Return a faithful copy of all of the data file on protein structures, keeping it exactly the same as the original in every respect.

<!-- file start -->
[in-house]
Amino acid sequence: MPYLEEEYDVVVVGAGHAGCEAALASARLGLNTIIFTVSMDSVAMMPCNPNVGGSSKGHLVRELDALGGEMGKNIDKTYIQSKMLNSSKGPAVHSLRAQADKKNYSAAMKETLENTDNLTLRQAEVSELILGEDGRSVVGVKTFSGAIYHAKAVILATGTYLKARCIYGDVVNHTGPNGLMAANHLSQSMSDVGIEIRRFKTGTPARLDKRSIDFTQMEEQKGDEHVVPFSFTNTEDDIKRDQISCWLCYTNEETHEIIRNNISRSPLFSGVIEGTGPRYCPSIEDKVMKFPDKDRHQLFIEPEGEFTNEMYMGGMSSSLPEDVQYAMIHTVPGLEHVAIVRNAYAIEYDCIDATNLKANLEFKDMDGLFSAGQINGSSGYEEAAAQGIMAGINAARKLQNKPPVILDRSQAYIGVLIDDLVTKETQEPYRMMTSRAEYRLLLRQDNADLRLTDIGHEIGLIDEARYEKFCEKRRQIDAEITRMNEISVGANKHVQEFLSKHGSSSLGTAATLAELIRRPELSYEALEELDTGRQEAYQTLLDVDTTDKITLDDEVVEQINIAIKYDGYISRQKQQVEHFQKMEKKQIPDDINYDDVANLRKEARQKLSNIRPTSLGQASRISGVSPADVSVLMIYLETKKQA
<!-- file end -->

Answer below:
[in-house]
Amino acid sequence: MPYLEEEYDVVVVGAGHAGCEAALASARLGLNTIIFTVSMDSVAMMPCNPNVGGSSKGHLVRELDALGGEMGKNIDKTYIQSKMLNSSKGPAVHSLRAQADKKNYSAAMKETLENTDNLTLRQAEVSELILGEDGRSVVGVKTFSGAIYHAKAVILATGTYLKARCIYGDVVNHTGPNGLMAANHLSQSMSDVGIEIRRFKTGTPARLDKRSIDFTQMEEQKGDEHVVPFSFTNTEDDIKRDQISCWLCYTNEETHEIIRNNISRSPLFSGVIEGTGPRYCPSIEDKVMKFPDKDRHQLFIEPEGEFTNEMYMGGMSSSLPEDVQYAMIHTVPGLEHVAIVRNAYAIEYDCIDATNLKANLEFKDMDGLFSAGQINGSSGYEEAAAQGIMAGINAARKLQNKPPVILDRSQAYIGVLIDDLVTKETQEPYRMMTSRAEYRLLLRQDNADLRLTDIGHEIGLIDEARYEKFCEKRRQIDAEITRMNEISVGANKHVQEFLSKHGSSSLGTAATLAELIRRPELSYEALEELDTGRQEAYQTLLDVDTTDKITLDDEVVEQINIAIKYDGYISRQKQQVEHFQKMEKKQIPDDINYDDVANLRKEARQKLSNIRPTSLGQASRISGVSPADVSVLMIYLETKKQA